Fighting the ADF’s warrior culture on mental health
Military people know it as “warrior culture”, a macho attitude that permeates throughout the Australian Defence Force. It breeds tough soldiers, sailors and airmen, who are trained to not complain and just get on with the job, despite the constant threat of life and death situations.
Part of that culture means shutting up about mental health problems. “There is a warrior culture encultured in to you,” Steve Ager, an Australian Army veteran who suffers from post-traumatic stress disorder, told Crikey (read his story here). “And that old warrior culture gets you through. It’s often five to 10 years after an incident that it comes out that you’ve got an issue.”
An anonymous navy veteran told Crikey: ”A lot of people suffering from depression would keep quiet, the conditions attached spell the end of your career. If you display or get picked up on having a mental health problem, the action they’ll take is that you’re not fit to stay in and you need to get discharged.”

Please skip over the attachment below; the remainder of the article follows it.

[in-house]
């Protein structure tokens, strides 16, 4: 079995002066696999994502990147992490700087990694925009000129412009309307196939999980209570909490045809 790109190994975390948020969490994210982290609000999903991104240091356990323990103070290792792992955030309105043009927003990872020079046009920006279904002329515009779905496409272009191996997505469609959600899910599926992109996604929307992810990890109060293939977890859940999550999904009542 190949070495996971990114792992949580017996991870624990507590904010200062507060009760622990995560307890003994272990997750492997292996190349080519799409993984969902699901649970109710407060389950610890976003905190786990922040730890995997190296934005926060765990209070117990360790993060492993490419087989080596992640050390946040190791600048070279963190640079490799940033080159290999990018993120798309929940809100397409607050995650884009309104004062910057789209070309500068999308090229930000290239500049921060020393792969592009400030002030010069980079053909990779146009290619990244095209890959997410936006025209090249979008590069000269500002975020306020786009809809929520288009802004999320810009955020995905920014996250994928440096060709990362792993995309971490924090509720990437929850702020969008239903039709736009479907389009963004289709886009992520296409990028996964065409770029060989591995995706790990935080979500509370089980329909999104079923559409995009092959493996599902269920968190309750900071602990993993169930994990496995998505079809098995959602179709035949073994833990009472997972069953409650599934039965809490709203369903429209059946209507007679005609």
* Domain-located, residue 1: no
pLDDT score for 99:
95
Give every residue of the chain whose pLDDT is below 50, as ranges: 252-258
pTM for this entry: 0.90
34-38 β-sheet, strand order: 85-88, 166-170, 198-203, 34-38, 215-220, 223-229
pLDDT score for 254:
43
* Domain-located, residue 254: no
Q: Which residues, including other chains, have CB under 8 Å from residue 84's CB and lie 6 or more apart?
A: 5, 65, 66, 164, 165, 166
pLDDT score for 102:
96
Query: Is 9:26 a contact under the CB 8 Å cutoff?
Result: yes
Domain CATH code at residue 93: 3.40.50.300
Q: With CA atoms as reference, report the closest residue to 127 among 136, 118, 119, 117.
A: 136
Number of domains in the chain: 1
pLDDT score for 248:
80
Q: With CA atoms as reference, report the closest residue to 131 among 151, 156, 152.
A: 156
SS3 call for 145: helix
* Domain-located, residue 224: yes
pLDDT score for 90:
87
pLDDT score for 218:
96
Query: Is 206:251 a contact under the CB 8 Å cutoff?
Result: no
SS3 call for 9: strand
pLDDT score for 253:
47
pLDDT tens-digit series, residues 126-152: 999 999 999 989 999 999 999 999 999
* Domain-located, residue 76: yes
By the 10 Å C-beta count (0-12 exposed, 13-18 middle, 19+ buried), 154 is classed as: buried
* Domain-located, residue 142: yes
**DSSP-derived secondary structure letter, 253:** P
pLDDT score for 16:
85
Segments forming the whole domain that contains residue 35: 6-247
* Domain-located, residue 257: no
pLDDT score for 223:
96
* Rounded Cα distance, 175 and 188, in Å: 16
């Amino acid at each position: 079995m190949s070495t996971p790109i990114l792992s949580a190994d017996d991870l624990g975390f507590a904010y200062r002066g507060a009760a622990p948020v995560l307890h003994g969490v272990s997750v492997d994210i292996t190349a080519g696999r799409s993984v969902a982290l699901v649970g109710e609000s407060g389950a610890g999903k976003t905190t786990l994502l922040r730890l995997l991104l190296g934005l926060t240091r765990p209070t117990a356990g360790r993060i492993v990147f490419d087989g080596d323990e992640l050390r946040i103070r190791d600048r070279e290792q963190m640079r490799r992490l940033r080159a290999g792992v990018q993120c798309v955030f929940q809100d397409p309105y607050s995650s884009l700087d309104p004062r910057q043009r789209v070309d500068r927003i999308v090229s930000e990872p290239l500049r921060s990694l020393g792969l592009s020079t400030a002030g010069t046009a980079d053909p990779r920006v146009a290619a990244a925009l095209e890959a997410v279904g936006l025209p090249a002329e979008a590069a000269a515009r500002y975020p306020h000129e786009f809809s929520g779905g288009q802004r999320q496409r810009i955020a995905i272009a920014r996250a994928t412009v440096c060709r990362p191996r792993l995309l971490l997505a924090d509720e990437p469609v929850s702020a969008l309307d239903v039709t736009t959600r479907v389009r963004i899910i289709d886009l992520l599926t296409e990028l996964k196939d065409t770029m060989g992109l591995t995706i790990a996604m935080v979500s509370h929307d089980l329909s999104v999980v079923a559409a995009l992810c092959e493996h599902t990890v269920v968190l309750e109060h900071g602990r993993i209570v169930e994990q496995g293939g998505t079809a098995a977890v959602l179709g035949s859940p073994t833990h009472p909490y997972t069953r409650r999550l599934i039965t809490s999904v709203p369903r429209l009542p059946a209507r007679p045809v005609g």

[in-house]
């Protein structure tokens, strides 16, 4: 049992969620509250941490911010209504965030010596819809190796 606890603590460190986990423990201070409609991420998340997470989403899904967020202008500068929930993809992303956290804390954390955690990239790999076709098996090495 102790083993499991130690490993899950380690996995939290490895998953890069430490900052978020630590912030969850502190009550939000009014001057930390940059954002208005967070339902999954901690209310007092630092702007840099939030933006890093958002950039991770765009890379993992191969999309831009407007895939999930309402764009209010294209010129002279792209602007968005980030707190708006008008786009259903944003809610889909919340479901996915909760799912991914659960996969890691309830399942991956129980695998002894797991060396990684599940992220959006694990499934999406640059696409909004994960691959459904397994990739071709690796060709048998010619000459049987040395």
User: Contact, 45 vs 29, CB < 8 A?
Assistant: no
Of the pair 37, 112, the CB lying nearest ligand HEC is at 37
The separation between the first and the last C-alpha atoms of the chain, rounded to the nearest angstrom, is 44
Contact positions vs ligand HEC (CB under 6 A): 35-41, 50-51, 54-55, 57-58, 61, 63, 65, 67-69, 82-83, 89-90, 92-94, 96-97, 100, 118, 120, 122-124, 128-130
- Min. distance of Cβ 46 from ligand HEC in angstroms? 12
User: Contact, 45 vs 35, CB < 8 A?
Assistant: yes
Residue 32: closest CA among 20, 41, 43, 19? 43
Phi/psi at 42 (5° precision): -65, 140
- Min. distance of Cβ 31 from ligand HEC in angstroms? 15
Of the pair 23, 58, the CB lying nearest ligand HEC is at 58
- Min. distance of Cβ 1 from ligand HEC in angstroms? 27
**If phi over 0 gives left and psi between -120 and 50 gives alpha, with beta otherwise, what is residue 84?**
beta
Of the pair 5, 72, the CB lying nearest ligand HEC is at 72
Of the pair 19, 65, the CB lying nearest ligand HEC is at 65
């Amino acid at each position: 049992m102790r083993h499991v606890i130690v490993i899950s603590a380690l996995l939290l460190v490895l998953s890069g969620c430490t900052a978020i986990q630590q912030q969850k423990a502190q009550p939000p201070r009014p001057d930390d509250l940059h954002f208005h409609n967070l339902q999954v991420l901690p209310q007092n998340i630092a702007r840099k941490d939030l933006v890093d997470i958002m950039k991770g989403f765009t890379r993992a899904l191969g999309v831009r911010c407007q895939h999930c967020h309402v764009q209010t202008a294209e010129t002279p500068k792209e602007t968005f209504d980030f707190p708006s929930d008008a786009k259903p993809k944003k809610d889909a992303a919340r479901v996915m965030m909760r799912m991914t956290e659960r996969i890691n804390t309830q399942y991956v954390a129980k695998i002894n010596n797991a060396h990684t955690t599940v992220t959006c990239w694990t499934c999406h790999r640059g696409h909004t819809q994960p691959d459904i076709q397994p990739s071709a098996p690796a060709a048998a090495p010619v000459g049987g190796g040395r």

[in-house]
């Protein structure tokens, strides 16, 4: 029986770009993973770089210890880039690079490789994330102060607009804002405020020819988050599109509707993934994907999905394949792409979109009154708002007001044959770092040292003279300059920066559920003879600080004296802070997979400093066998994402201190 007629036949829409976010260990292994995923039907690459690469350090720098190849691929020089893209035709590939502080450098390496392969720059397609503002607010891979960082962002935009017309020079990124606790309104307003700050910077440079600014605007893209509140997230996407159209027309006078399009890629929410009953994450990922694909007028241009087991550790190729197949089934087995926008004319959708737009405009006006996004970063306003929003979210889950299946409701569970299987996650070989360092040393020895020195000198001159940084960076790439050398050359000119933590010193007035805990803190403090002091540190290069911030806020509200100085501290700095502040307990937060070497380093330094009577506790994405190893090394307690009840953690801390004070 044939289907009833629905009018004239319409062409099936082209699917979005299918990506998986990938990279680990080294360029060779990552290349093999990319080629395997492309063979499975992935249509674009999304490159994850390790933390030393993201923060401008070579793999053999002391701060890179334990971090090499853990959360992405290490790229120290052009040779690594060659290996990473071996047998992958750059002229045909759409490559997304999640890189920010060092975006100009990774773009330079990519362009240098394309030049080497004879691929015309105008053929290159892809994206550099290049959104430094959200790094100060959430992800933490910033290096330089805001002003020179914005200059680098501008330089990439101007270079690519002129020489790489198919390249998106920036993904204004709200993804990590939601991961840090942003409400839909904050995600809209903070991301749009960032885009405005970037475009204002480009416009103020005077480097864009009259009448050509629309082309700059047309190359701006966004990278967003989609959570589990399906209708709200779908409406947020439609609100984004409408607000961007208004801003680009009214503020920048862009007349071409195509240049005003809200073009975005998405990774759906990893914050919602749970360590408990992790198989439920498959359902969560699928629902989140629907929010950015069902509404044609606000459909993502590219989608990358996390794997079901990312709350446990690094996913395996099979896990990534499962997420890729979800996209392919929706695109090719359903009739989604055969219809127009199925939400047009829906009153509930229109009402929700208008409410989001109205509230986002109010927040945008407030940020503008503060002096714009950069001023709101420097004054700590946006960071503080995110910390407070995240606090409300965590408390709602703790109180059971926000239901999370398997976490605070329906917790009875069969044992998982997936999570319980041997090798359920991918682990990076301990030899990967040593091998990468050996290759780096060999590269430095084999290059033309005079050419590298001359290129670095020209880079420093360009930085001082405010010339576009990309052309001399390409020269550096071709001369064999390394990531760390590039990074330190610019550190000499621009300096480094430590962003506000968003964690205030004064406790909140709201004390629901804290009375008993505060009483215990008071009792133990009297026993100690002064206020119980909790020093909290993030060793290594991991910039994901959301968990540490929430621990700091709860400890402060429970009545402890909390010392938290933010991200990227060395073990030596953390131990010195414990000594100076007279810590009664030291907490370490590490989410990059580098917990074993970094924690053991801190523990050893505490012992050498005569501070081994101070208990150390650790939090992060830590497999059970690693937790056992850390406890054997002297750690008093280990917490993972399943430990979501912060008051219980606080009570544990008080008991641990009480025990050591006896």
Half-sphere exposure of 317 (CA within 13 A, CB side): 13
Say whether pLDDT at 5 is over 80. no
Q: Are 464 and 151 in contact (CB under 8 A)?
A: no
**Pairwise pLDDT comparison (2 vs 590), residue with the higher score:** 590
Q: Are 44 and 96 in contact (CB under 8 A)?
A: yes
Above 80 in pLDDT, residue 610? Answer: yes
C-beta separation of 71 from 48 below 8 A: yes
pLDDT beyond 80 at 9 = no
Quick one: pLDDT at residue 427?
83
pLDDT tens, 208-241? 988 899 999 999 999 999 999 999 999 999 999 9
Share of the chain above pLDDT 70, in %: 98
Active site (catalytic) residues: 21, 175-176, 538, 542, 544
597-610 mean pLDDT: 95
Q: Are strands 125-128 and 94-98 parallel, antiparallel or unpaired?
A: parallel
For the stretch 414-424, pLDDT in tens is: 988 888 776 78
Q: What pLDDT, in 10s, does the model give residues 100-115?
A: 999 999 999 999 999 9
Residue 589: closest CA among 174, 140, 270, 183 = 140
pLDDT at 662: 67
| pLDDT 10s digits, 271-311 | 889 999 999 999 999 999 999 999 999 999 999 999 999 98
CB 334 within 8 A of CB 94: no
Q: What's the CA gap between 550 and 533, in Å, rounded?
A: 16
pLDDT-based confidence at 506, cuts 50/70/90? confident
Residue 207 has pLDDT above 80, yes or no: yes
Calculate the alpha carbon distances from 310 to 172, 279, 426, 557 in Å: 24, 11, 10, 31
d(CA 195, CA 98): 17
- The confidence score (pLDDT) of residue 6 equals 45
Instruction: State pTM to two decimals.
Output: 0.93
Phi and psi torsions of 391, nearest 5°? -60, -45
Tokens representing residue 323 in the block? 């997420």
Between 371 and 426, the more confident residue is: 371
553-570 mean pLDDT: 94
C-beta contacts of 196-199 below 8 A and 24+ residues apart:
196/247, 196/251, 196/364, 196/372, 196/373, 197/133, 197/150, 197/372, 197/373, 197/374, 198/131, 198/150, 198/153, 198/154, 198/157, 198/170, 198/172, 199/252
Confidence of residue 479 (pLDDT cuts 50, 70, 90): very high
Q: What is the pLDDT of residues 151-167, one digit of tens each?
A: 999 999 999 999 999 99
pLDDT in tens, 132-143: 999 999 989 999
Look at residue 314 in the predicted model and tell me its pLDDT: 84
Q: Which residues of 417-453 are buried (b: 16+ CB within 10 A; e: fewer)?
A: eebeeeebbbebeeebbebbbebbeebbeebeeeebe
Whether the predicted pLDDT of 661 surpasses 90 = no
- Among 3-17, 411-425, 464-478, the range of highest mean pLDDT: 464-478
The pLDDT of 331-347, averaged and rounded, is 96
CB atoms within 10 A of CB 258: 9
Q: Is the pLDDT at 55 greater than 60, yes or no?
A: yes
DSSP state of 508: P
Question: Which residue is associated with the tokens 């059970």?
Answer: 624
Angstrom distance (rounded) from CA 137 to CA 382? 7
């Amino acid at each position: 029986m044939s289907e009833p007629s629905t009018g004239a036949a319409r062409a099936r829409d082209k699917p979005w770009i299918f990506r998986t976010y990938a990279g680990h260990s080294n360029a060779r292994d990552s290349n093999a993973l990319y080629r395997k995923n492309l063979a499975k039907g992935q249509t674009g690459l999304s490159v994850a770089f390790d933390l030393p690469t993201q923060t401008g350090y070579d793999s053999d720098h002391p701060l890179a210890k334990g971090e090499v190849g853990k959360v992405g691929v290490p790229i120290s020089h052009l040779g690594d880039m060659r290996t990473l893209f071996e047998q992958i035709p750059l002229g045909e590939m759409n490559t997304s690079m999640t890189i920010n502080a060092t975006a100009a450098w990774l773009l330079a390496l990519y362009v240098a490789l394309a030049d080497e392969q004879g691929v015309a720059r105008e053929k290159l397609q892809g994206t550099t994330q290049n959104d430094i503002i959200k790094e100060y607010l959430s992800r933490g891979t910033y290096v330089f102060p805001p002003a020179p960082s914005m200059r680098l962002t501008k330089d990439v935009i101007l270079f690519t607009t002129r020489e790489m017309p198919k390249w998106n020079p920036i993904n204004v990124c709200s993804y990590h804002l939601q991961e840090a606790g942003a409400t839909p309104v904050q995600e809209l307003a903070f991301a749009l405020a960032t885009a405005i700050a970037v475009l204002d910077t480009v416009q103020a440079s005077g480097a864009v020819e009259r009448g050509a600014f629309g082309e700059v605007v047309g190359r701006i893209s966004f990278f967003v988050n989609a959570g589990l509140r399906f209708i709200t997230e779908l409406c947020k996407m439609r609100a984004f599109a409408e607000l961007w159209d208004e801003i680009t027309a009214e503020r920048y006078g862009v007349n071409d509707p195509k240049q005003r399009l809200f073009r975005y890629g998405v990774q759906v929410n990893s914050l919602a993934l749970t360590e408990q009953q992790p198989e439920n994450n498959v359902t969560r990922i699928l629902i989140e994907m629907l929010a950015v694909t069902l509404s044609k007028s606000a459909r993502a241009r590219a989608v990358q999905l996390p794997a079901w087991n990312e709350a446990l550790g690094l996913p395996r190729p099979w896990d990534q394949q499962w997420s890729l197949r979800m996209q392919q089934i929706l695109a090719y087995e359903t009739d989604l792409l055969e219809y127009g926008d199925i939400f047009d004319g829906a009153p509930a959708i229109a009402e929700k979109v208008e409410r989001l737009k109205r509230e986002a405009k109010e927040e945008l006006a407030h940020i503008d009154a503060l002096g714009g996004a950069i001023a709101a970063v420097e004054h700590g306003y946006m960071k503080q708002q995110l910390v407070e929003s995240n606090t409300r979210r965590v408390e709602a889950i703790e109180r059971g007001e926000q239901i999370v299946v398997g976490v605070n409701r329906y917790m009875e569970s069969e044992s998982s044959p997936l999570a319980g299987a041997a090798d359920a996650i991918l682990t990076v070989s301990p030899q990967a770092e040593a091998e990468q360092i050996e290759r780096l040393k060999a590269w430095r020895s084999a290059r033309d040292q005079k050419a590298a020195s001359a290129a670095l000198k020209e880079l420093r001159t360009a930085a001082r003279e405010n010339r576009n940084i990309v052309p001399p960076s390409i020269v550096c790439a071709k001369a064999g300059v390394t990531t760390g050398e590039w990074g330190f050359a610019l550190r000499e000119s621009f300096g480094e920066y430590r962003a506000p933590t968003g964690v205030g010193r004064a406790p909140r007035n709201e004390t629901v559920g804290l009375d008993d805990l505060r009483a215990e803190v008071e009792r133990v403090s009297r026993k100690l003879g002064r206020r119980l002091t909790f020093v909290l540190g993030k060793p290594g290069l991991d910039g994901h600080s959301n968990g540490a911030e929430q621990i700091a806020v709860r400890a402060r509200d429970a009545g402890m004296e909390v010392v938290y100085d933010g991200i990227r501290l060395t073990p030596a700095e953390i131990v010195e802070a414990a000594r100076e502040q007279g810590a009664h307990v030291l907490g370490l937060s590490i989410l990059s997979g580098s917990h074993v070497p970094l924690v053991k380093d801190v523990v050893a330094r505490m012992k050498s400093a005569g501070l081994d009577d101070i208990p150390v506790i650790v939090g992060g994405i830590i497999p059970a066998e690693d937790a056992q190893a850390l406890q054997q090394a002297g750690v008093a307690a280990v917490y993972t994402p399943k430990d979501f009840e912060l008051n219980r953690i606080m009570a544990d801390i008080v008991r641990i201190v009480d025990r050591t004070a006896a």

We hear a lot about the death toll from Australia’s war involvement (in the decade-long Afghanistan war, 39 Australian soldiers have been killed) and also about the severely wounded (249 Australian troops have been wounded in action in Afghanistan). But what about the wounds that can’t be seen — and can be just as damaging?
Today Crikey launches Battle Scars, a series examining post-traumatic stress disorder and other mental health issues among veterans. In the coming days we’ll share the stories of veterans who have battled themselves, both during and after their time in the military. We’ll talk to the the psychologists who developed new programs after realising the ones designed after the Vietnam war weren’t working for today’s veterans. We interview the Department of Veterans’ Affairs about its role in supporting the mental health of veterans. Plus, we speak to the families left to deal with the consequences when it all falls apart.